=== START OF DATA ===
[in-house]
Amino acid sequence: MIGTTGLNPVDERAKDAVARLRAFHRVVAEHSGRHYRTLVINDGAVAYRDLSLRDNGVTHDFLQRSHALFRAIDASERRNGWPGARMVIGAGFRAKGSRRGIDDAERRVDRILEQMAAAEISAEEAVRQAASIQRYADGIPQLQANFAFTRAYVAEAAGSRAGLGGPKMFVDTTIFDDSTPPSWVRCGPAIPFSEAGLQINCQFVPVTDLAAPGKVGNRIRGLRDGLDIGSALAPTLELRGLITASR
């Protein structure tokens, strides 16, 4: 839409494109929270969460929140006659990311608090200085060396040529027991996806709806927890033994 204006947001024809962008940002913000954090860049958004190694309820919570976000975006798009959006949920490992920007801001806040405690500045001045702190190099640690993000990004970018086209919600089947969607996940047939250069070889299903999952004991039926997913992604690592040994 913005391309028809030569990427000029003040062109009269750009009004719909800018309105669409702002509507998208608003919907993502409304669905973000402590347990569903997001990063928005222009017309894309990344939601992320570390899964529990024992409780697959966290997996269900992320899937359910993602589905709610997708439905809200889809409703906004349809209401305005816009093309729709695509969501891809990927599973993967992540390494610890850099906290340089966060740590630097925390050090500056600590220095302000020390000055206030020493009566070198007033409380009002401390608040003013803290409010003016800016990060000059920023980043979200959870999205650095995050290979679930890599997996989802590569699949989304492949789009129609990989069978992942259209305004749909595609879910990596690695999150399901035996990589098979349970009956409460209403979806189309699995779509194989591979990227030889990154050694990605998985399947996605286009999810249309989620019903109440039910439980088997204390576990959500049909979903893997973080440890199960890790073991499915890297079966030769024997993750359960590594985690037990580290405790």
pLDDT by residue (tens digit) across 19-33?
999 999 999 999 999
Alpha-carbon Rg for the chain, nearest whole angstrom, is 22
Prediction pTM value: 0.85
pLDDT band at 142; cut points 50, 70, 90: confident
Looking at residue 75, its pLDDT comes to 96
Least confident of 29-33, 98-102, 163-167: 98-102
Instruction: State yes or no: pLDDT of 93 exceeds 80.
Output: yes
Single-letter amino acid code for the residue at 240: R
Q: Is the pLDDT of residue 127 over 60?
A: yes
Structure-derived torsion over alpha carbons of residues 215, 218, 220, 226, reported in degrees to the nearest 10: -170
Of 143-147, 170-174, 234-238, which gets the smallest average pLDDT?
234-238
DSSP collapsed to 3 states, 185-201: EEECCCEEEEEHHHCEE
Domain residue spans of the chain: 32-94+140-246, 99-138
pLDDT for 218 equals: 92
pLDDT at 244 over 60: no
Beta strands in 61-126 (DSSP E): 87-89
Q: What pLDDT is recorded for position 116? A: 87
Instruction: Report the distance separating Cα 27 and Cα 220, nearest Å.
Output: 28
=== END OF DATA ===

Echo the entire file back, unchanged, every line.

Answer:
[in-house]
Amino acid sequence: MIGTTGLNPVDERAKDAVARLRAFHRVVAEHSGRHYRTLVINDGAVAYRDLSLRDNGVTHDFLQRSHALFRAIDASERRNGWPGARMVIGAGFRAKGSRRGIDDAERRVDRILEQMAAAEISAEEAVRQAASIQRYADGIPQLQANFAFTRAYVAEAAGSRAGLGGPKMFVDTTIFDDSTPPSWVRCGPAIPFSEAGLQINCQFVPVTDLAAPGKVGNRIRGLRDGLDIGSALAPTLELRGLITASR
């Protein structure tokens, strides 16, 4: 839409494109929270969460929140006659990311608090200085060396040529027991996806709806927890033994 204006947001024809962008940002913000954090860049958004190694309820919570976000975006798009959006949920490992920007801001806040405690500045001045702190190099640690993000990004970018086209919600089947969607996940047939250069070889299903999952004991039926997913992604690592040994 913005391309028809030569990427000029003040062109009269750009009004719909800018309105669409702002509507998208608003919907993502409304669905973000402590347990569903997001990063928005222009017309894309990344939601992320570390899964529990024992409780697959966290997996269900992320899937359910993602589905709610997708439905809200889809409703906004349809209401305005816009093309729709695509969501891809990927599973993967992540390494610890850099906290340089966060740590630097925390050090500056600590220095302000020390000055206030020493009566070198007033409380009002401390608040003013803290409010003016800016990060000059920023980043979200959870999205650095995050290979679930890599997996989802590569699949989304492949789009129609990989069978992942259209305004749909595609879910990596690695999150399901035996990589098979349970009956409460209403979806189309699995779509194989591979990227030889990154050694990605998985399947996605286009999810249309989620019903109440039910439980088997204390576990959500049909979903893997973080440890199960890790073991499915890297079966030769024997993750359960590594985690037990580290405790």
pLDDT by residue (tens digit) across 19-33?
999 999 999 999 999
Alpha-carbon Rg for the chain, nearest whole angstrom, is 22
Prediction pTM value: 0.85
pLDDT band at 142; cut points 50, 70, 90: confident
Looking at residue 75, its pLDDT comes to 96
Least confident of 29-33, 98-102, 163-167: 98-102
Instruction: State yes or no: pLDDT of 93 exceeds 80.
Output: yes
Single-letter amino acid code for the residue at 240: R
Q: Is the pLDDT of residue 127 over 60?
A: yes
Structure-derived torsion over alpha carbons of residues 215, 218, 220, 226, reported in degrees to the nearest 10: -170
Of 143-147, 170-174, 234-238, which gets the smallest average pLDDT?
234-238
DSSP collapsed to 3 states, 185-201: EEECCCEEEEEHHHCEE
Domain residue spans of the chain: 32-94+140-246, 99-138
pLDDT for 218 equals: 92
pLDDT at 244 over 60: no
Beta strands in 61-126 (DSSP E): 87-89
Q: What pLDDT is recorded for position 116? A: 87
Instruction: Report the distance separating Cα 27 and Cα 220, nearest Å.
Output: 28